Jump to main content or area navigation.

Contact Us

Water: Nonpoint Source Success Stories

Nebraska: Carter Lake

Community-Based Efforts Decrease Algae Toxins in Carter Lake

Waterbody Improved

Runoff and lakebed sediment resuspension led to elevated nutrient and turbidity levels in Carter Lake (which lies in both Iowa and Nebraska). As a result, Iowa placed Carter Lake on its Clean Water Act (CWA) section 303(d) list because of excess algae and turbidity (in 2004) and low dissolved oxygen (in 2008). The Nebraska Department of Environmental Quality (NDEQ) added Carter Lake to the state's 2006 CWA section 303(d) list because of phosphorus, nitrogen, chlorophyll a, algal toxins and pH impairments. A community-based implementation effort to restore the lake has successfully reduced nutrient concentrations and blue-green algae (and their microcystin toxins). As a result, NDEQ will propose to remove Carter Lake's algae toxin impairment from the state's 2012 CWA section 303(d) list.
Contact:

Mary Schroer
(mary.schroer@nebraska.gov)
Nebraska Department of 
  Environmental Quality
402-471-6988

Rachel Glaza
(Rachel.Glaza@dnr.iowa.gov)
Iowa Department of
  Natural Resources
515-281-8158


 
ne_carterlake1

Figure 1. Officials apply alum and sodium aluminate to Carter Lake.


 
ne_carterlake2

Figure 2. The city of Carter Lake installed five rain gardens to treat stormwater runoff.



Problem

Carter Lake (Figure 1) is a 315-acre oxbow lake along the Missouri River. The lake, which is in both Nebraska and Iowa, drains approximately 2,722 acres of primarily urban-residential and commercial land.

Elevated nutrients in the lake have caused a number of water quality problems. Total phosphorus levels in the lake have exceeded 300 parts per billion (ppb) while nitrogen levels were as high as 5,100 ppb. The occurrence of blue-green algae blooms (associated with high nutrient levels) led officials to begin monitoring for microcystin toxin in 2004. The first samples collected from the lake exceeded the beach posting criterion of 15 ppb. In 2005 the beach posting criterion was changed to 20 ppb. From 2005 through 2008, 10 of the 83 toxin samples collected exceeded 20 ppb, causing officials to post warnings at the beach for 21 weeks.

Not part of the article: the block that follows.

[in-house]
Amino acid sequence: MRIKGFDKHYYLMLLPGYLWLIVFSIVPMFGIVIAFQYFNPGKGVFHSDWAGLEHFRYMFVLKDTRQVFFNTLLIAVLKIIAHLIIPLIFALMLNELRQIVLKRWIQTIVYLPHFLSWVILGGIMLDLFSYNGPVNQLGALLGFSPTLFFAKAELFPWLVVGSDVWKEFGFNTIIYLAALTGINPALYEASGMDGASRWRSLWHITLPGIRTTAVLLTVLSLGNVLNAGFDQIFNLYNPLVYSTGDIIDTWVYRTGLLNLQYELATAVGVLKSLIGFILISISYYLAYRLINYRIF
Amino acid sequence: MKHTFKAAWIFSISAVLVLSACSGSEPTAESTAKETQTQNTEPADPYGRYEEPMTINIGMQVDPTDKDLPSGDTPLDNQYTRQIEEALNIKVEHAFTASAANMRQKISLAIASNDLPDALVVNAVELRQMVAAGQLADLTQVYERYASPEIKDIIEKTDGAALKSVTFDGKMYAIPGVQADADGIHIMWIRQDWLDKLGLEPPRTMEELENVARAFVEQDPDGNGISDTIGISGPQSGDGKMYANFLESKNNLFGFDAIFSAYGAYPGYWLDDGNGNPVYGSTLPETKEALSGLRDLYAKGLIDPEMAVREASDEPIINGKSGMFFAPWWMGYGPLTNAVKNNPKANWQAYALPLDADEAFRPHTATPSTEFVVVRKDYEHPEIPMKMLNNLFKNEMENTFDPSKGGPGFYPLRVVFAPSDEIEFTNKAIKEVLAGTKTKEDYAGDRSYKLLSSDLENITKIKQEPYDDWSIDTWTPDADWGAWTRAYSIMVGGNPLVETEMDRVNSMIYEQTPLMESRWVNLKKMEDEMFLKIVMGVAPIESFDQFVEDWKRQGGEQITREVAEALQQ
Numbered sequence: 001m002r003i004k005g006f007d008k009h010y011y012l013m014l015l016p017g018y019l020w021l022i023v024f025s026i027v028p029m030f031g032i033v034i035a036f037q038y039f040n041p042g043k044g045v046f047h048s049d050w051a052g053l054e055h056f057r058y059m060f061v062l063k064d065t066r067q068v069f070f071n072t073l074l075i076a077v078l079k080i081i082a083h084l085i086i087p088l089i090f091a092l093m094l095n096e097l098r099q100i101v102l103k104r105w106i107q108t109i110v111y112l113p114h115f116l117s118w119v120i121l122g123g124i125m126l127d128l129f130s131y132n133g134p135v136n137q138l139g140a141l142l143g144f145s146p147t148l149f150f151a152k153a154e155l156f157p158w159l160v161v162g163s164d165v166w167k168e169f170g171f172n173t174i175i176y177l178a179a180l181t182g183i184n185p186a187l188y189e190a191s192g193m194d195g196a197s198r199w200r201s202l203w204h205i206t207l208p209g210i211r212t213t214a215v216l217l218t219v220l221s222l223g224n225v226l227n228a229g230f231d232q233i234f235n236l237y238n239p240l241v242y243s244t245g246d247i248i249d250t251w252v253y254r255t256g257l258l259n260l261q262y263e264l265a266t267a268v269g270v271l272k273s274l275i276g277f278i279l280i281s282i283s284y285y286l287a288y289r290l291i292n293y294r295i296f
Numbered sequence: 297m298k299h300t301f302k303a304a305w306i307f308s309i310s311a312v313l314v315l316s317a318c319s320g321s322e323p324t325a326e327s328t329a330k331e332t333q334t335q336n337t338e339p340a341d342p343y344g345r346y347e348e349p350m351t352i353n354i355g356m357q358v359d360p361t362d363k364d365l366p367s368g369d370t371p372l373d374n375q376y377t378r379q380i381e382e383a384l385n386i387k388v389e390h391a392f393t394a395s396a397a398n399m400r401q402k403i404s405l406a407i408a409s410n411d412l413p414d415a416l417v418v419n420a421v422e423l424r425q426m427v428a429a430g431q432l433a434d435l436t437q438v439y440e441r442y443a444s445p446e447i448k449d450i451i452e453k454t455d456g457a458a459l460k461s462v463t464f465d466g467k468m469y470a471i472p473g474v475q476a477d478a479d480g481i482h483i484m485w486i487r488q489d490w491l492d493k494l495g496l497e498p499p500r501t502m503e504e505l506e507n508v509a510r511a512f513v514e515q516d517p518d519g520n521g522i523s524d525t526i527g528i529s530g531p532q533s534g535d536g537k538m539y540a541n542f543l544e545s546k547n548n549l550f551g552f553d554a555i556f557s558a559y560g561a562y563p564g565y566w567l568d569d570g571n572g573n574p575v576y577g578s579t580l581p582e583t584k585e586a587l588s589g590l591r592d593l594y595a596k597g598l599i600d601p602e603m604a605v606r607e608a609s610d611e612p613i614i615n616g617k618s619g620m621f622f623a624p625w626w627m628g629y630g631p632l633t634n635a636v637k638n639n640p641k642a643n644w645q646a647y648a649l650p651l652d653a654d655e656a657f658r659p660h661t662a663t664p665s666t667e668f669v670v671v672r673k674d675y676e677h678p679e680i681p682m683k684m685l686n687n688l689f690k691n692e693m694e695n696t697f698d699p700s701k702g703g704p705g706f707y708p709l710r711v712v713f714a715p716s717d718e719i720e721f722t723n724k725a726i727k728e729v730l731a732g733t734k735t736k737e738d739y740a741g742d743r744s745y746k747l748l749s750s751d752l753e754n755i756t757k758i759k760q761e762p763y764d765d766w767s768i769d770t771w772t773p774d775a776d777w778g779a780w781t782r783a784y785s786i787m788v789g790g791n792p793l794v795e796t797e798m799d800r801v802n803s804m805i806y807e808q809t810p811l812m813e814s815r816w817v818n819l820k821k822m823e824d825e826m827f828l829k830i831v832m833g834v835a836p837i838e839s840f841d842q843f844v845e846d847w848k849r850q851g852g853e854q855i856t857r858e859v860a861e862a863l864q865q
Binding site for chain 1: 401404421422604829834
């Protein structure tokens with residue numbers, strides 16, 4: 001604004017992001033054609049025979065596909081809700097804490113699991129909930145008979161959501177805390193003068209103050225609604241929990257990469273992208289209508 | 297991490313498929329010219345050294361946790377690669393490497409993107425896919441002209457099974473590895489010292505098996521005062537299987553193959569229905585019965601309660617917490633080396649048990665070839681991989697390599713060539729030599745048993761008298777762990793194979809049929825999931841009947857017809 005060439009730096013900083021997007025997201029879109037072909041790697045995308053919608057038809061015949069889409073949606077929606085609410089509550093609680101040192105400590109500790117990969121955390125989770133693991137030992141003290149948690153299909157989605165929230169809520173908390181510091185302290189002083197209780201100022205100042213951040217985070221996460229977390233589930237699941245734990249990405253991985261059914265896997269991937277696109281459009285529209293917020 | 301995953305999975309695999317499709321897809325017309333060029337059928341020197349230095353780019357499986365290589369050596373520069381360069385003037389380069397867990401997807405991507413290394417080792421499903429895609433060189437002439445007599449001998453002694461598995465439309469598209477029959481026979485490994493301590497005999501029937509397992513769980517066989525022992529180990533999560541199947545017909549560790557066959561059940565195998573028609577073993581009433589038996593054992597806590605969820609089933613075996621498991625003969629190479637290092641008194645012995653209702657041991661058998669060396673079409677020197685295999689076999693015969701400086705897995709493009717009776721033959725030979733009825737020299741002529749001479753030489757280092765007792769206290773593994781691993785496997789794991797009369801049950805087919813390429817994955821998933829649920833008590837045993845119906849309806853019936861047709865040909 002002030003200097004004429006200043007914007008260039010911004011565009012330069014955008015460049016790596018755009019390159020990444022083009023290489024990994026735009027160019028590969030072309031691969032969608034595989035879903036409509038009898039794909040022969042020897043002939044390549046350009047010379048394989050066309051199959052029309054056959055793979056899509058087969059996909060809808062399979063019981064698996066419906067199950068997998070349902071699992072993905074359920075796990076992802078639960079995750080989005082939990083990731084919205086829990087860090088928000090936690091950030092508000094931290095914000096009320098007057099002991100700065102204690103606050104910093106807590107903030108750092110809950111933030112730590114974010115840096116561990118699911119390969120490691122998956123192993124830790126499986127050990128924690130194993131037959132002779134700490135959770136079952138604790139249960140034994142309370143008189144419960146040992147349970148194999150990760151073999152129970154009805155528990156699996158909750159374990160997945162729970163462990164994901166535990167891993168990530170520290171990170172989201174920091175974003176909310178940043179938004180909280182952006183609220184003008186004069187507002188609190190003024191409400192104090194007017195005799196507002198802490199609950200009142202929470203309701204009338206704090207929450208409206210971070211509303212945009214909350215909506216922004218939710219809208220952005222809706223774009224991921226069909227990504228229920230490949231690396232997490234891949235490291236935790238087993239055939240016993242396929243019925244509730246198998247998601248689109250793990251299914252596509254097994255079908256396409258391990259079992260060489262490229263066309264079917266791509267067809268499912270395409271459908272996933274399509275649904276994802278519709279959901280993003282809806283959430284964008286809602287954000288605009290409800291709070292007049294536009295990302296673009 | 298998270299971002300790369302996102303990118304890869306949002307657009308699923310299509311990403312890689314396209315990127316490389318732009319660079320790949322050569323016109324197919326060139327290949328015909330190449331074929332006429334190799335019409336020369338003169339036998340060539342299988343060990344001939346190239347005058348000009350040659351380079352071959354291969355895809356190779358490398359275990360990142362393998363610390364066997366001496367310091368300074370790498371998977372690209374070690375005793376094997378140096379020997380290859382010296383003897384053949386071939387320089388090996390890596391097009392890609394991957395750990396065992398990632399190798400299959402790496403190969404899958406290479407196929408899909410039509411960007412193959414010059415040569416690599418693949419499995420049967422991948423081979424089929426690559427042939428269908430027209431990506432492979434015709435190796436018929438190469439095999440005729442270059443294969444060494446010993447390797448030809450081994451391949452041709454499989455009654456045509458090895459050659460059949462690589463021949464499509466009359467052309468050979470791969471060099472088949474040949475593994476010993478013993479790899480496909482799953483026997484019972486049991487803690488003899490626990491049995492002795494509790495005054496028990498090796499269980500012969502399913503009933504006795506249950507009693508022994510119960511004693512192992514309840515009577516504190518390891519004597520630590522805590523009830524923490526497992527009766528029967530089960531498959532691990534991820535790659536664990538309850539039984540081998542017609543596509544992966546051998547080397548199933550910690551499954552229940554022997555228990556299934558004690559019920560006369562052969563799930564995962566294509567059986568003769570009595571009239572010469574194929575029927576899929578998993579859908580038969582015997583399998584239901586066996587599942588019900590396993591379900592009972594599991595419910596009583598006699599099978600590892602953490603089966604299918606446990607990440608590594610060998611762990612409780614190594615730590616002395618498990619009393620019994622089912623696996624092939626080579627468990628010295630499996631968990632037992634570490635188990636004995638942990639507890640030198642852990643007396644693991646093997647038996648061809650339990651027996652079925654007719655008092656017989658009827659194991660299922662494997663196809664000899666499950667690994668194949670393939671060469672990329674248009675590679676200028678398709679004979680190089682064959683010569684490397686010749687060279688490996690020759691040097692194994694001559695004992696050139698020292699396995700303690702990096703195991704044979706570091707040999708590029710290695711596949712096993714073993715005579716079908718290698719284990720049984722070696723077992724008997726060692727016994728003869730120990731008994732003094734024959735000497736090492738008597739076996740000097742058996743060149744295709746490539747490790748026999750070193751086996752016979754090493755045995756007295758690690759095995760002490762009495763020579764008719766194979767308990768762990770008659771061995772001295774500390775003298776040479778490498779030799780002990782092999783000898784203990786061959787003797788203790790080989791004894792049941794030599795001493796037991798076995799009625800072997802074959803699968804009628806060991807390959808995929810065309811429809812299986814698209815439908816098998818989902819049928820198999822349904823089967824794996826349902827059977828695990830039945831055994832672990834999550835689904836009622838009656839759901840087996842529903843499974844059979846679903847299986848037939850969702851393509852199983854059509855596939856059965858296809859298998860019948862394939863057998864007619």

As a result of the water quality problems, Iowa placed Carter Lake on its 2004 CWA section 303(d) list because of excess algae and turbidity. NDEQ added Carter Lake to the Nebraska's 2006 CWA section 303(d) list because of phosphorus, nitrogen, chlorophyll a, pH and algal toxin impairments. NDEQ also added PCBs (in fish tissue) to the list of Carter Lake impairments in 2004.

Iowa Department of Natural Resources (IDNR) and NDEQ prepared a total maximum daily load for algae/algal toxins, chlorophyll a, total phosphorus, total nitrogen and pH at Carter Lake in 2007. Nutrient sources were linked to nonpoint source runoff from the watershed and from the organic-rich sediment in the bottom of the lake. Lakebed sediments were frequently resuspended by boat wakes and the bottom-feeding activity of rough fish (such as carp, quillback and bullheads).

Project Highlights

In 2006 the cities of Carter Lake (Iowa) and Omaha (Nebraska) joined forces with local and state agencies to begin a Community-Based Planning Process. As part of the planning process, a group of interested citizens formed the Carter Lake Environmental Assessment and Rehabilitation (CLEAR) Council. In 2008 the CLEAR Council, with assistance from its local and state agency partners, completed the Carter Lake Water Quality Management Plan. The plan outlines more than $6 million worth of possible restoration work. With a plan in place, partners initiated the Carter Lake Water Quality Project in 2008. First, the partners hired a project coordinator using CWA section 319 funds from Nebraska (years 1-2) and Iowa (years 3-4).